Do you have a website design that works for your business?
That may seem like a tough question to answer as a website has many purposes – it tells people who you are, who is on your team, what products and/or services you collectively offer to customers, who your customers are, what you’ve done for them and what you could do for the prospective customer consuming all this content. It supports your brand awareness strategy and helps you to establish credibility, which is vital, but ultimately your website is working if it is generating leads for your business – leads that you can nurture and convert to customers, and then turn into repeat customers and brand advocates.
So do you know who the prospective customers are that consume your website content? If the answer is no, you have to ask yourself the question, ‘do I have a website design that works for my business or is it time for a new one?’
How Do You Identify Prospective Customers On Your Website?
Google Analytics is a great resource that can provide us with lots of insights about our website visitors from their location, age, gender, the pages they are most interested in and spend the longest amount of time on, to where they drop off our radar and leave the site but this doesn’t tell us exactly who they are.
Other paid services can utilise technology such as IP look-up tools to identify the company who has viewed your website, but what if it’s a really huge company with hundreds, maybe even thousands of employees – how do you find the right needle in that haystack that will provide you with a route to the key decision maker you need to speak to? And will they be happy if you tell them you know they’ve been looking at your website – probably not!
What you need is a website design that works for your business by enabling your customers to connect with you and your brand on a personal level, to the point where they are willing to give up their identity by making contact with you – this could be as simple as signing up to your newsletter, filling in a lead generation form to download a content offer or completing an enquiry form. This requires you to design a very customer focused website that offers customers what they need and want.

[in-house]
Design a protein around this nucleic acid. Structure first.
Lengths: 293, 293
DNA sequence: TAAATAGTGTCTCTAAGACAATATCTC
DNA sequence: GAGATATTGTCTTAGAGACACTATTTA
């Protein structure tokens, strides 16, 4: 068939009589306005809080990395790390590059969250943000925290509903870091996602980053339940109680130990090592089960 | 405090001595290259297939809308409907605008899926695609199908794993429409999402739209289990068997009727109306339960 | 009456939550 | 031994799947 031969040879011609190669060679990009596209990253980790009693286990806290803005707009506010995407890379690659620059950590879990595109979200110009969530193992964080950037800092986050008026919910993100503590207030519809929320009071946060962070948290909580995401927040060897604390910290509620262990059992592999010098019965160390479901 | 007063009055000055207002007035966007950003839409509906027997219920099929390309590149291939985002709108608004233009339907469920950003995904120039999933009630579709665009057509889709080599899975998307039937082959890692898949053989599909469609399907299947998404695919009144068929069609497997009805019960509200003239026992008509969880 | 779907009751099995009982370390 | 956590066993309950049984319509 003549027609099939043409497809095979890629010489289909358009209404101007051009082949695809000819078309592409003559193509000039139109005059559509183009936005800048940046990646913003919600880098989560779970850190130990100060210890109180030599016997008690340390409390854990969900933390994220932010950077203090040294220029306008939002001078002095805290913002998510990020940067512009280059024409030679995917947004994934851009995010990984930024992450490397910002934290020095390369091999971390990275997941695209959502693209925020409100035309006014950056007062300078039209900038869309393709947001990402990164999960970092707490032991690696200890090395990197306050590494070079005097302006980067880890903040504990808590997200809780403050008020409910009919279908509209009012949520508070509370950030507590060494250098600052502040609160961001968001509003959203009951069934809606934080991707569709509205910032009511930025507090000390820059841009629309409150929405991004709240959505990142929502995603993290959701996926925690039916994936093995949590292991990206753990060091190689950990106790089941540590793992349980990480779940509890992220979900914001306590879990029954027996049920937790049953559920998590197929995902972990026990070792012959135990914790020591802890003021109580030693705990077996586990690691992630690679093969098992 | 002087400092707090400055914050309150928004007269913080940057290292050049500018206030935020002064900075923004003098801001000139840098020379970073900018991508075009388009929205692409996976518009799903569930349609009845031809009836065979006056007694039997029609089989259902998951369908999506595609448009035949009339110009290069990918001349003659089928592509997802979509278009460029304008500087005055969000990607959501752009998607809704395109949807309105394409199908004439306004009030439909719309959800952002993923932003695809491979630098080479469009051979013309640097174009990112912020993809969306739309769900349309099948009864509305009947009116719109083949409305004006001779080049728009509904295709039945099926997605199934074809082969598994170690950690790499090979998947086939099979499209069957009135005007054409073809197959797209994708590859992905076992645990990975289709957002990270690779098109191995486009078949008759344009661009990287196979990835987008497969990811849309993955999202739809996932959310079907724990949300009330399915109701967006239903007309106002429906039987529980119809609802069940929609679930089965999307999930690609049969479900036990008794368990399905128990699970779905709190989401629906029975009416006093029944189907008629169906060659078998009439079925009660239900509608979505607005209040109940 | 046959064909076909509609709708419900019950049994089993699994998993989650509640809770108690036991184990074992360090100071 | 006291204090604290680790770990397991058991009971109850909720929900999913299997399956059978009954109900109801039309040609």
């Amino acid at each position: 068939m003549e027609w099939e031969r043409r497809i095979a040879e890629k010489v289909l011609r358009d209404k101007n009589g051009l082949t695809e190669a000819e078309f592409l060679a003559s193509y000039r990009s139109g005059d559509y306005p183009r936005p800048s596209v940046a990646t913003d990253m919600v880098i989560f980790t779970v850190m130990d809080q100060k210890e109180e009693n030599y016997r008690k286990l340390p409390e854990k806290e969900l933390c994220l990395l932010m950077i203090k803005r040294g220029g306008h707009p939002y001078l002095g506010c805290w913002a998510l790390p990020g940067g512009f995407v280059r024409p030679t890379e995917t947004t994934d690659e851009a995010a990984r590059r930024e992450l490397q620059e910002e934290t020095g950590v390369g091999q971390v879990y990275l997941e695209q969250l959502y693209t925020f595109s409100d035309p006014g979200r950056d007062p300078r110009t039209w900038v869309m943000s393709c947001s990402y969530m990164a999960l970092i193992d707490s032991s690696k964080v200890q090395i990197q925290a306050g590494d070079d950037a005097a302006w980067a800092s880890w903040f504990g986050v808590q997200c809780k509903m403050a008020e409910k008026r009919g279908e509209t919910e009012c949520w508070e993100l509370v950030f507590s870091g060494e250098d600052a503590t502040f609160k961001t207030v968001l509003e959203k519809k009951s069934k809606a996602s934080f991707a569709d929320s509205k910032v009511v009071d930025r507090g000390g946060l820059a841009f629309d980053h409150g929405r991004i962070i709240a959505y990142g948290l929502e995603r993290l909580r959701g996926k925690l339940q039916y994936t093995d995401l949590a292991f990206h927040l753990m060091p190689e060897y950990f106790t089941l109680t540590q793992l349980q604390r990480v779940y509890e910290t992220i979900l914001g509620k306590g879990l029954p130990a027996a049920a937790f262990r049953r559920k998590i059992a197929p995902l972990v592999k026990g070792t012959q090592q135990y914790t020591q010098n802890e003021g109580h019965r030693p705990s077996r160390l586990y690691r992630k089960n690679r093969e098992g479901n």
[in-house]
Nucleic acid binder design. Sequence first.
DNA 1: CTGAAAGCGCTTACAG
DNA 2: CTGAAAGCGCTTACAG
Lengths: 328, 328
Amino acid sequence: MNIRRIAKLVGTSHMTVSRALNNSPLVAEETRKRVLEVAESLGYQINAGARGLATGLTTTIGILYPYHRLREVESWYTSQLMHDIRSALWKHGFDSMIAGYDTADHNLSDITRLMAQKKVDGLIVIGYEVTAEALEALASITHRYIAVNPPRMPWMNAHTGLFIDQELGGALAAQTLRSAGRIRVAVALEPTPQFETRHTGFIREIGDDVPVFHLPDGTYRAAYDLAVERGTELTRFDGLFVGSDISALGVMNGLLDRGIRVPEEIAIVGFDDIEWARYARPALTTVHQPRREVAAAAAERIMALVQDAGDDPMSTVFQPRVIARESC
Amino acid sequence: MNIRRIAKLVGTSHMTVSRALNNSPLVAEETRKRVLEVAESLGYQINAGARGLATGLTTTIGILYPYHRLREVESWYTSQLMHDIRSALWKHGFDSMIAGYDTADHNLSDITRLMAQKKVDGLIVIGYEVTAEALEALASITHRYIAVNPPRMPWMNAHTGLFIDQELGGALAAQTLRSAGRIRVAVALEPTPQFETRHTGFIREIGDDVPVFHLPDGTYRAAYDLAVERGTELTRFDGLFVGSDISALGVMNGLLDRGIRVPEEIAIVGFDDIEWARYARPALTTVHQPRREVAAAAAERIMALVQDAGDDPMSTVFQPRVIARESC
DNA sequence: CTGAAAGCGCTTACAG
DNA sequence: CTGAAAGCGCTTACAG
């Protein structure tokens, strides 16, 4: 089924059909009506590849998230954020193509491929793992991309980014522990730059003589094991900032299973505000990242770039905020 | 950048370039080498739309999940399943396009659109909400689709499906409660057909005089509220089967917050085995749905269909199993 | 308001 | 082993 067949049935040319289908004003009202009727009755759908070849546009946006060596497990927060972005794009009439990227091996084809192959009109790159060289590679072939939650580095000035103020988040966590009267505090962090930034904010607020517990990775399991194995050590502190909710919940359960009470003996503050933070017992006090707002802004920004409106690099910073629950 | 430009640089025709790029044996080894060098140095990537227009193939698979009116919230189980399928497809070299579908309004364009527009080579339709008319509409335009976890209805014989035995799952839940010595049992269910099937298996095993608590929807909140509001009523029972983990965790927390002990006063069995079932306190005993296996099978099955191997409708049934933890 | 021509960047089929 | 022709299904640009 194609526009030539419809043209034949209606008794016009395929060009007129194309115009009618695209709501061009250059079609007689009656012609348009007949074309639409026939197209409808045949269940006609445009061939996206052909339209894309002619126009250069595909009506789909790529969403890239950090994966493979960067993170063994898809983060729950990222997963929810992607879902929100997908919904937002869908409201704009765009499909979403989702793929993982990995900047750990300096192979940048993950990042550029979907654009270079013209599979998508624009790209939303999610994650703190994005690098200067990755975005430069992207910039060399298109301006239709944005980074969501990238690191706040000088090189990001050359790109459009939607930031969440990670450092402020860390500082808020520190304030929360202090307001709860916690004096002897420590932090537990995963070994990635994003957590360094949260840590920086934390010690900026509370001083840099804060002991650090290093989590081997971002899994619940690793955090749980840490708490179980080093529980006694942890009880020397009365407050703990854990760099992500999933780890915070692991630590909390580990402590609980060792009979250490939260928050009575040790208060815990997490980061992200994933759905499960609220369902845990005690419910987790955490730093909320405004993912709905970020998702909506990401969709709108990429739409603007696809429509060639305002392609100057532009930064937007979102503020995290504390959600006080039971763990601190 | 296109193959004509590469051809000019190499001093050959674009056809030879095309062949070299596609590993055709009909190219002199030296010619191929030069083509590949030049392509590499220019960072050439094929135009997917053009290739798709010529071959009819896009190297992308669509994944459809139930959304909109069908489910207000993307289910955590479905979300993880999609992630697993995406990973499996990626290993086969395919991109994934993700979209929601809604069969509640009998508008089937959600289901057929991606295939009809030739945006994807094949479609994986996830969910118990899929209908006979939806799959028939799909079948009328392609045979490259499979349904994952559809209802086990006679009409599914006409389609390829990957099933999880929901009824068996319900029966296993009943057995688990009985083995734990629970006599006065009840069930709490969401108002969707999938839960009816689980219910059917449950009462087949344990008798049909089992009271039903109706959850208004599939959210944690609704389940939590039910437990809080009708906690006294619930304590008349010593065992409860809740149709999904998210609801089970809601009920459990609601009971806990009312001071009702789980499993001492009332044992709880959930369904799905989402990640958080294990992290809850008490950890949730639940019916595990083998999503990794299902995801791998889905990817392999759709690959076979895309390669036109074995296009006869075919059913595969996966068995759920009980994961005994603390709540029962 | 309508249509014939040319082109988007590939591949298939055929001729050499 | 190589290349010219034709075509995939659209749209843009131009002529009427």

10 Steps to Developing a Website Design That Works To Generate Leads
We subscribe to a concept known as Growth Driven Design, a website design strategy that works because it focuses on making decisions based on research, rather than assumptions. It also shortens the time to launch, and integrates with your sales and marketing strategy.
The process for developing your web design strategy is broken down into stages:
1. Identify goals – if you don’t have goals, you won’t be able to determine if you have a website design that works! For example, who do you specifically want to generate leads from – is it a business owner in the financial sector or a senior manager in a top 100 company?
2. Develop Customer Personas – by identifying and understanding your ideal customers and their needs, you will be better able to develop a website design that works for them
3. Quantitative Research – if you analyse the performance data from your existing website, you’ll determine what worked well and identify customers’ pain points. This will help you to create a website design that works better than the previous one.
4. Qualitative Research – if you collate feedback from your existing clients this will help to support or challenge the findings of the quantitative research and aid content decisions.
5. Fundamental Assumptions – often we make assumptions in relation to our website and business, such as who our customer personas are and what solutions they need from us and this impacts on the type of solutions we offer. By contrast fundamental assumptions are developed based on actual research, development and ongoing testing. This enables us to develop a customer focused website design that works for your business, rather than one based on unsupported assumptions.
6. Site and Page Strategies – if you develop strategies to drive traffic to the site as a whole, and sub-strategies to promote certain sections and core pages, the website is much more likely to meet your needs and fulfil your goals. Get in touch to find out more.
7. Brain storming – during this process your website project team will create a ‘wish-list’ of creative, impactful and innovative ideas to include on the site that will enable you to fulfil your goals. These will be given a priority weighting to determine what needs to go into the phase 1 ‘launch-pad’ website, which will be made up of the top 20% of the original ideas list that you expect will have the greatest impact on your website’s users. The remaining ideas go onto the list of continuous improvements for potential implementation at a later date.
8. Hypothesis statements – to second check the feasibility of your top content ideas you need to check each idea against the goals, personas and expected impacts to maximise the potential results that can be attained.
9. Implementation – this is where website design and development takes place.
10. Data collection set-up – plans and templates also need to be developed at this stage to allow you to start to monitor and assess performance against the goals set. Each of these steps will then be repeated as phase 2 of creating a website design that works begins!